Set in the divided city of the 1970s, Berlin is a patchwork narrative which follows the drug and sex-addled descent of Caroline, a beautiful young woman, into a untold misery and eventually suicide. While one must ponder how seriously Reed himself takes Caroline’s story, there can be no doubt that Schnabel finds it to be a tragedy non-pareil, worthy of any literary comparison. In the press materials, he refers to Berlin as, amongst other things, a “masterwork about love’s dark sisters: jealousy, rage and loss.” This sort of maximum investment inspired a kitchen sink gravitas in staging: dramatic hues of red, child choirs shot to emphasize maximum innocence and vulnerability, the occasional montage of ageless French ingénue Emmanuelle Seigner, apparently cast as Caroline, engaged in all manner of druggy capering on the highway to hell.

That Berlin begins as a supremely enjoyable rock album full of some of Reed’s finest comic-dyspeptic rants and rave-ups only heightens the enigma. On the LP’s first side, Reed handles the lurid subject matters with characteristic satisfaction, even pleasure. Several of his most priceless lyrics of the shock therapy patient variety fall in songs like “Lady Day” and “Men Of Good Fortune”. Amongst acolytes, it is a source of frequent goodnatured conjecture as to whether some of the churlishly misanthropic, astoundingly careless lyrics in these songs (“Just like poison in a vial/Hey! She was often very vile”) constitute Lou at his most deadpan hilarious, or if they were authored in a druggy haze or (different kind of) druggy hurry. Anyway, Reed’s comportment on stage during these songs lends a great deal of credence to the notion that he is at least half kidding about the entire thing. With an orchestra behind him and a powerful rock band by his side, Lou grins wolfishly and frequently laughs through good to great performances like “How Do You Think It Feels” and “Caroline Says 1”. Watching him take such evident joy in detailing the miasma of human misery can be extremely, darkly funny.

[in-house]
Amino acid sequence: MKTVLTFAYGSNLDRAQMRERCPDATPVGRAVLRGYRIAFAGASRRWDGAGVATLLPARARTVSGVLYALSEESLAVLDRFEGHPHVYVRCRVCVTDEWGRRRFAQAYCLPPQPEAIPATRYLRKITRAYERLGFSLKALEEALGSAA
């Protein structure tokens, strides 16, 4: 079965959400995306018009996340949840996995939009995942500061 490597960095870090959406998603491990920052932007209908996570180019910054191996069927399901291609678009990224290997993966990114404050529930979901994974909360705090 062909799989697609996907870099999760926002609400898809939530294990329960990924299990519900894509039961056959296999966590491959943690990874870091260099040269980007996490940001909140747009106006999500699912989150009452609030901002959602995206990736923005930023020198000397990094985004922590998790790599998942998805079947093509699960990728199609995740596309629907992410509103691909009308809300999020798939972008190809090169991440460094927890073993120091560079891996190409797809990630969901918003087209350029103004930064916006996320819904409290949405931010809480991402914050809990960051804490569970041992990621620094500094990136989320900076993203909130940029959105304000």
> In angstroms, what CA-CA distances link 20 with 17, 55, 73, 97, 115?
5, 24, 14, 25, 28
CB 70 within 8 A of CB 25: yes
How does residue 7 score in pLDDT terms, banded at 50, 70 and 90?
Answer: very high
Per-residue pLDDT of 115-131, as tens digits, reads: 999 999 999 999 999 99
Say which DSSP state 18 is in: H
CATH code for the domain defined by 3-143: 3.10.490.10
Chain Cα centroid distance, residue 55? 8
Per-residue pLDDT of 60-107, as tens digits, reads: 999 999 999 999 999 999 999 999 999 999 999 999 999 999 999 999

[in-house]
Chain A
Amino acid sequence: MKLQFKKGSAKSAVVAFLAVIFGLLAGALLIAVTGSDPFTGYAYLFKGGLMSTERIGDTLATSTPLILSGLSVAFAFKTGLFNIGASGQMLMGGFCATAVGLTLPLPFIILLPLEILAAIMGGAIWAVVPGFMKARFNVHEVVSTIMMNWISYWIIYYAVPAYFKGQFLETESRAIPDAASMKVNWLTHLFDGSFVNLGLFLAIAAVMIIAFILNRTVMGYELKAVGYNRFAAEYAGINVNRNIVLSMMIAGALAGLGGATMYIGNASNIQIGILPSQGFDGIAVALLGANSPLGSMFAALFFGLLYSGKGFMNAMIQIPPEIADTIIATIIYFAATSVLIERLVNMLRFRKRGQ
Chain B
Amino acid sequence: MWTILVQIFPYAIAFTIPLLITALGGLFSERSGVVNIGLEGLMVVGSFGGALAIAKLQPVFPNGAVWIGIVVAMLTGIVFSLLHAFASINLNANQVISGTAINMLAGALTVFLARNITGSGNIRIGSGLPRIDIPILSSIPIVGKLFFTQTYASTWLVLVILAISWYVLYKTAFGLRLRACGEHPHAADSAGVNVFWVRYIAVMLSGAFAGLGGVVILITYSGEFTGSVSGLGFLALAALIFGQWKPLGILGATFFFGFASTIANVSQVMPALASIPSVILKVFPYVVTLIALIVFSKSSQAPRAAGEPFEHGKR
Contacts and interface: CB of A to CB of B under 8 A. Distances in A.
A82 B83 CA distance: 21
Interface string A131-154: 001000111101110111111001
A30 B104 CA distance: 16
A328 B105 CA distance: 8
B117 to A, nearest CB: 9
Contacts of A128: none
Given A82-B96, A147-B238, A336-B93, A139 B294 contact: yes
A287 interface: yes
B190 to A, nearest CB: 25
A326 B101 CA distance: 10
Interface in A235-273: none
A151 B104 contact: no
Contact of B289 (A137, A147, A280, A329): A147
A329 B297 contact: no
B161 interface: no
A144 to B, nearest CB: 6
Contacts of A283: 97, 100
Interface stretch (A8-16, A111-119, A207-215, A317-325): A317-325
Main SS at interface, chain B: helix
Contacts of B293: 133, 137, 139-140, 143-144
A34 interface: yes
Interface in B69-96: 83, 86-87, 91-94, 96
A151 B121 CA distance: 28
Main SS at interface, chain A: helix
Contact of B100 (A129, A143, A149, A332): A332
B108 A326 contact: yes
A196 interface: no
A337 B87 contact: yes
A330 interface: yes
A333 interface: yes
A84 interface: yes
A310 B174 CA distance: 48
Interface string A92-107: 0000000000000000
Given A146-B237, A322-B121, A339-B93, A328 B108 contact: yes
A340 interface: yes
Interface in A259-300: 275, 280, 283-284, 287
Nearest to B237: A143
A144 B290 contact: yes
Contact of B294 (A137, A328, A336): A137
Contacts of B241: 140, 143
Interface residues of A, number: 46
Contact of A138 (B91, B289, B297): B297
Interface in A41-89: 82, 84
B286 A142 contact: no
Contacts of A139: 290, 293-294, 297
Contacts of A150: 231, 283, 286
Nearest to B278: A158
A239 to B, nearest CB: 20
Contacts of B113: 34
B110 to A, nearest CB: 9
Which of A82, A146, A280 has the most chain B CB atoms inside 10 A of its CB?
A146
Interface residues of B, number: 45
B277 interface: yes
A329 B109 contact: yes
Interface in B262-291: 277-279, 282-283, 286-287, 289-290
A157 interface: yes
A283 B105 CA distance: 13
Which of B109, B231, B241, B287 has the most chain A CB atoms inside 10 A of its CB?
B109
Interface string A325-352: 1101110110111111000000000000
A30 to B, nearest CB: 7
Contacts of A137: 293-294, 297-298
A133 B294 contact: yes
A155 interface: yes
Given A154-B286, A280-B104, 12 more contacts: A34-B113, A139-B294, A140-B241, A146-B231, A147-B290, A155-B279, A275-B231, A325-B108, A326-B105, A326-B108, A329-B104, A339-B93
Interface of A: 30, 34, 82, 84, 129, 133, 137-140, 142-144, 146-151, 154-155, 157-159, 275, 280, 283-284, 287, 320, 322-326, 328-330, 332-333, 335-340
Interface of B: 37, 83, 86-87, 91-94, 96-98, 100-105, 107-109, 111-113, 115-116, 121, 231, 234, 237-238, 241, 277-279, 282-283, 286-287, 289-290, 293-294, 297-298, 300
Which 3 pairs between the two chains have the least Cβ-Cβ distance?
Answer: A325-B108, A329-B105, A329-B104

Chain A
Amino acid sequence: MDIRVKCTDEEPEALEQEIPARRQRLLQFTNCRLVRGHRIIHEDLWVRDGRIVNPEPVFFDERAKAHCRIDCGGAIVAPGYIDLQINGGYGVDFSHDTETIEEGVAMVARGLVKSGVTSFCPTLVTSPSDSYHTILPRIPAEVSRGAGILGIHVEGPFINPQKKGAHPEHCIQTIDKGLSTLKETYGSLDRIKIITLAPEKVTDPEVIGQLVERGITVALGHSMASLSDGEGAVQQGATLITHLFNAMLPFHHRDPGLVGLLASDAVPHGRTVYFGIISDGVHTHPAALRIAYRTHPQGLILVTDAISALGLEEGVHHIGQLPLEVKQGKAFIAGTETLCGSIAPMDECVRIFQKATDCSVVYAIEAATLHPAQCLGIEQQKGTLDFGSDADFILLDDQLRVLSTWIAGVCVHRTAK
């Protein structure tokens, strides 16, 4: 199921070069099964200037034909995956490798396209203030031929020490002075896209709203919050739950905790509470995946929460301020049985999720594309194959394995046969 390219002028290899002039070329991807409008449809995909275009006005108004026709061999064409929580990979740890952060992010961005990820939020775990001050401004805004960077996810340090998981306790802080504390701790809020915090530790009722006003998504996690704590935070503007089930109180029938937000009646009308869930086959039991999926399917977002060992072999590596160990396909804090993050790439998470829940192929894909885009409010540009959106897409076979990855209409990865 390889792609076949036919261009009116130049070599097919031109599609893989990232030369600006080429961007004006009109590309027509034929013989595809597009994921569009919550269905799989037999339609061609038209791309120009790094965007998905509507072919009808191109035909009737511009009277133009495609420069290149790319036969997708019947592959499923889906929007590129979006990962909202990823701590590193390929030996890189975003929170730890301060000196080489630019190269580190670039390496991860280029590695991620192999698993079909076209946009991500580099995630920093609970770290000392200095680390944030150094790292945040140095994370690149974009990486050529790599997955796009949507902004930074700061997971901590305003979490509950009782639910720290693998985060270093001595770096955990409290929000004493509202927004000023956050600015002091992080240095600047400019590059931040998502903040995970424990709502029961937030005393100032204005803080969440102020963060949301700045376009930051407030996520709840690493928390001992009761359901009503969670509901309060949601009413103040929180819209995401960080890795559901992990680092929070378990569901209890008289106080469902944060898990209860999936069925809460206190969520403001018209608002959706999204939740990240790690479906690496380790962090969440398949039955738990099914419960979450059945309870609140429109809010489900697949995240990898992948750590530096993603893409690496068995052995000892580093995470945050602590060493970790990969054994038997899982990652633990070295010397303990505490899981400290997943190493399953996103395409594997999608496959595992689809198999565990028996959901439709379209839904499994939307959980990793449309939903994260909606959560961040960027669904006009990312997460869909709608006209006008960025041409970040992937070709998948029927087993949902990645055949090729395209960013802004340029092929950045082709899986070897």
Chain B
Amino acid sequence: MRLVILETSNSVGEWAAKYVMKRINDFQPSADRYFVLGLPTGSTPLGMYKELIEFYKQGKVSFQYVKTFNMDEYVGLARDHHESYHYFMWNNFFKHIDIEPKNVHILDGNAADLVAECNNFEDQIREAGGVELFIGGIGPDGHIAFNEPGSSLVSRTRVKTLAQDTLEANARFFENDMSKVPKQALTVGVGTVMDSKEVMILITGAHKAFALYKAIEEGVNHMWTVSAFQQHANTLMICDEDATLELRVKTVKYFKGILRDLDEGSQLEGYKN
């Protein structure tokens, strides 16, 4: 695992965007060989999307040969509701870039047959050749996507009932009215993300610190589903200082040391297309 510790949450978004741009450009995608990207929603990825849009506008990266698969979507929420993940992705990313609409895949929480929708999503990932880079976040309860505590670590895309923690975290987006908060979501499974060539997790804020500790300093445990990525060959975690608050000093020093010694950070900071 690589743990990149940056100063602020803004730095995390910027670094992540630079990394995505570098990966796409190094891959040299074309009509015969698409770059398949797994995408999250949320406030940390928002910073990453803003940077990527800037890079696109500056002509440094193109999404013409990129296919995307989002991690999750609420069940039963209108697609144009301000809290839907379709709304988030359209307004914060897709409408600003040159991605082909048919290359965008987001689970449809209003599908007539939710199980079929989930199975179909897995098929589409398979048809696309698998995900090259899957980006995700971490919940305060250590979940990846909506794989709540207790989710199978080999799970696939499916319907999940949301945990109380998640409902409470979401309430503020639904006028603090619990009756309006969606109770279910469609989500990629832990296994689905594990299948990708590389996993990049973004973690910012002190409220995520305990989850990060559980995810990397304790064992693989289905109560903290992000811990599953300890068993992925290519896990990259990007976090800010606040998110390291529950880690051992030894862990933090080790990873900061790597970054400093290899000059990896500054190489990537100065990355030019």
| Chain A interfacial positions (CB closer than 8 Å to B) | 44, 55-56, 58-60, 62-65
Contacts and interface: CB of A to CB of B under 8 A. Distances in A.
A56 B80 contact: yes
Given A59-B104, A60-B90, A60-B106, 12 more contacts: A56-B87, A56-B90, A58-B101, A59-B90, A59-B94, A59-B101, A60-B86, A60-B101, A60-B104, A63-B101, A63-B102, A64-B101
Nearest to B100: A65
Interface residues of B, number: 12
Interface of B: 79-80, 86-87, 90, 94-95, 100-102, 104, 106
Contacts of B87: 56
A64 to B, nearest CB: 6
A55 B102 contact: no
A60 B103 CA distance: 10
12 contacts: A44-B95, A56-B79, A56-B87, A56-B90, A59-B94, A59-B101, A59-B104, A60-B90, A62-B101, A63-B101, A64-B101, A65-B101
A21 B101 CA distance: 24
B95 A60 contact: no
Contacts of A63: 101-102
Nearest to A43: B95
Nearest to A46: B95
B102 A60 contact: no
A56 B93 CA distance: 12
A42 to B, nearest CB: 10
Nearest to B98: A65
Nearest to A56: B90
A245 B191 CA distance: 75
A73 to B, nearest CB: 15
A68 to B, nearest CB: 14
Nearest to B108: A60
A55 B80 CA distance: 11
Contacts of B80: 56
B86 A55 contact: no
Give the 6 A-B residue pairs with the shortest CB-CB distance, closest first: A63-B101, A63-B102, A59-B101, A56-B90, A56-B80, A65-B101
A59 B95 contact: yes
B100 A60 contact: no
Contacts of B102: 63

Given this approach by the author himself during the movie/album’s first half, Schnabel’s weighty direction feels overcooked. The director has repeatedly discussed his sense of deep personal connection to the material, but Caroline is, at best, a roughly sketched caricature of doomed beauty, and those not invested in the sort of Hubert Selby mythology from which her story derives might well find themselves puzzled over what precisely makes the strumpet’s downfall so cataclysmically tragic.

However, the second side of Berlin manages one of the most curious emotional pivots in all of rock and roll-one which accords far more effectively with Schnabel’s methodology. Having established the Teutonic metropolis as a kind of jocular hellscape, the final 25 minutes of the record chronicle Caroline’s last days with an earnest, plain-spoken sadness that incontrovertibly puts all kidding aside. The narrative, told mainly from the point of view of the raging, grief-stricken lover abandoned in the wake of her suicide, depicts how Caroline has her children taken from her by social services, falls further into an estranged depression, and eventually murders herself in the bed that she and her narrator-lover once shared. The change in tone is so abrupt, so severe, and rendered with such expertise that it is difficult not to feel both egregiously manipulated and legitimately moved. Reed’s writing here is remarkably detailed and economical, a total inversion of the carelessness of the first side. It is some of his best work and astonishingly unfun to listen to. In fact, the material at the end is so charged that it induces a real sense of catharsis with respect to characters that you don’t even feel you like, or know anything about. It is such a bullshit move that you cannot help but resent the tears welling in your eyes.

At these moments, Schnabel’s grand gestures feel appropriate. His touches become illustrative of the material, however one finally takes it: as a preposterous and mean-spirited joke, a truly great meditation on grief, or a kind of ambitious fuckup full of half-formed ideas jumbled into a deeply unsettling whole.


Tim Bracy

Along with Elizabeth Nelson, Tim Bracy is one of Brooklyn's most persistent gadabouts.

Elizabeth Nelson

Timothy Bracy and Elizabeth Nelson are two of Brooklyn's most persistent gadabouts.


The Brooklyn Rail

SEPT 2008